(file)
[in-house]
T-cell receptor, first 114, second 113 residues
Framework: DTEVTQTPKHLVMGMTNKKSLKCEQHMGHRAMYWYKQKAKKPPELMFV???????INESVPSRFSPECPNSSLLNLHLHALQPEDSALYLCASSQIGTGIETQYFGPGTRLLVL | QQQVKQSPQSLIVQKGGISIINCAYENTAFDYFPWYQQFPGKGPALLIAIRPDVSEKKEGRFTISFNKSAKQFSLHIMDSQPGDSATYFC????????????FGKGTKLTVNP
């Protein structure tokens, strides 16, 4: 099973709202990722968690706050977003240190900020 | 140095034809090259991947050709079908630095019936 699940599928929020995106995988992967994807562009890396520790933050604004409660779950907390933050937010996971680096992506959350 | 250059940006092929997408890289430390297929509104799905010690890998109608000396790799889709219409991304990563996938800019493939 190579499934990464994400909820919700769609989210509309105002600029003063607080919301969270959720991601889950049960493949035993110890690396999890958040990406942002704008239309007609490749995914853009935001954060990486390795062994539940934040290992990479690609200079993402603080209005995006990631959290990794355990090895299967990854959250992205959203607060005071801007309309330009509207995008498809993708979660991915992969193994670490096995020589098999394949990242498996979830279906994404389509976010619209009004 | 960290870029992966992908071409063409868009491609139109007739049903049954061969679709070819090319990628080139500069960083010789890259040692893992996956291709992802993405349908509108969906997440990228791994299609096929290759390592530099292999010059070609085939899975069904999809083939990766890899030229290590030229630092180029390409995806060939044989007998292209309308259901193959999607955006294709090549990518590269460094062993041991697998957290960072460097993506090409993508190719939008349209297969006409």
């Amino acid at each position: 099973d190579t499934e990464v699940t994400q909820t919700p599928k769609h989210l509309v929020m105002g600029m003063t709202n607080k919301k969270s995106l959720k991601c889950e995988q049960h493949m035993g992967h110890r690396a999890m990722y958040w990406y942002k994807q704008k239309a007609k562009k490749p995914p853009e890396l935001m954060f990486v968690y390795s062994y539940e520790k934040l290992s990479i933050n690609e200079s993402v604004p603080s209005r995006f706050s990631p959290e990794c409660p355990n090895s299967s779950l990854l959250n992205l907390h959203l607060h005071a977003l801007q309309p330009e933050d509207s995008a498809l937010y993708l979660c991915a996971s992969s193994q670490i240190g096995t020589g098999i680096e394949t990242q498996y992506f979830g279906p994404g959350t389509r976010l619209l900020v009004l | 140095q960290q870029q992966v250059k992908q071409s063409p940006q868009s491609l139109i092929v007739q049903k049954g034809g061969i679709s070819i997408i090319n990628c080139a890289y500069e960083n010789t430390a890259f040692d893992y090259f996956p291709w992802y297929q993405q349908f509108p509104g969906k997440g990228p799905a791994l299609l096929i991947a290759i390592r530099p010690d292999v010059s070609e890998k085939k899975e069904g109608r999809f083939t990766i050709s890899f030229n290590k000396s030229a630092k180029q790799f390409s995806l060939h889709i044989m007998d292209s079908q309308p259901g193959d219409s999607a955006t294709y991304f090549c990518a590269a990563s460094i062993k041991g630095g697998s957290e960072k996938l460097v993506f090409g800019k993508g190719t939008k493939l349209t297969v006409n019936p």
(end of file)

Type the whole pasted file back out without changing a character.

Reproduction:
[in-house]
T-cell receptor, first 114, second 113 residues
Framework: DTEVTQTPKHLVMGMTNKKSLKCEQHMGHRAMYWYKQKAKKPPELMFV???????INESVPSRFSPECPNSSLLNLHLHALQPEDSALYLCASSQIGTGIETQYFGPGTRLLVL | QQQVKQSPQSLIVQKGGISIINCAYENTAFDYFPWYQQFPGKGPALLIAIRPDVSEKKEGRFTISFNKSAKQFSLHIMDSQPGDSATYFC????????????FGKGTKLTVNP
């Protein structure tokens, strides 16, 4: 099973709202990722968690706050977003240190900020 | 140095034809090259991947050709079908630095019936 699940599928929020995106995988992967994807562009890396520790933050604004409660779950907390933050937010996971680096992506959350 | 250059940006092929997408890289430390297929509104799905010690890998109608000396790799889709219409991304990563996938800019493939 190579499934990464994400909820919700769609989210509309105002600029003063607080919301969270959720991601889950049960493949035993110890690396999890958040990406942002704008239309007609490749995914853009935001954060990486390795062994539940934040290992990479690609200079993402603080209005995006990631959290990794355990090895299967990854959250992205959203607060005071801007309309330009509207995008498809993708979660991915992969193994670490096995020589098999394949990242498996979830279906994404389509976010619209009004 | 960290870029992966992908071409063409868009491609139109007739049903049954061969679709070819090319990628080139500069960083010789890259040692893992996956291709992802993405349908509108969906997440990228791994299609096929290759390592530099292999010059070609085939899975069904999809083939990766890899030229290590030229630092180029390409995806060939044989007998292209309308259901193959999607955006294709090549990518590269460094062993041991697998957290960072460097993506090409993508190719939008349209297969006409």
């Amino acid at each position: 099973d190579t499934e990464v699940t994400q909820t919700p599928k769609h989210l509309v929020m105002g600029m003063t709202n607080k919301k969270s995106l959720k991601c889950e995988q049960h493949m035993g992967h110890r690396a999890m990722y958040w990406y942002k994807q704008k239309a007609k562009k490749p995914p853009e890396l935001m954060f990486v968690y390795s062994y539940e520790k934040l290992s990479i933050n690609e200079s993402v604004p603080s209005r995006f706050s990631p959290e990794c409660p355990n090895s299967s779950l990854l959250n992205l907390h959203l607060h005071a977003l801007q309309p330009e933050d509207s995008a498809l937010y993708l979660c991915a996971s992969s193994q670490i240190g096995t020589g098999i680096e394949t990242q498996y992506f979830g279906p994404g959350t389509r976010l619209l900020v009004l | 140095q960290q870029q992966v250059k992908q071409s063409p940006q868009s491609l139109i092929v007739q049903k049954g034809g061969i679709s070819i997408i090319n990628c080139a890289y500069e960083n010789t430390a890259f040692d893992y090259f996956p291709w992802y297929q993405q349908f509108p509104g969906k997440g990228p799905a791994l299609l096929i991947a290759i390592r530099p010690d292999v010059s070609e890998k085939k899975e069904g109608r999809f083939t990766i050709s890899f030229n290590k000396s030229a630092k180029q790799f390409s995806l060939h889709i044989m007998d292209s079908q309308p259901g193959d219409s999607a955006t294709y991304f090549c990518a590269a990563s460094i062993k041991g630095g697998s957290e960072k996938l460097v993506f090409g800019k993508g190719t939008k493939l349209t297969v006409n019936p």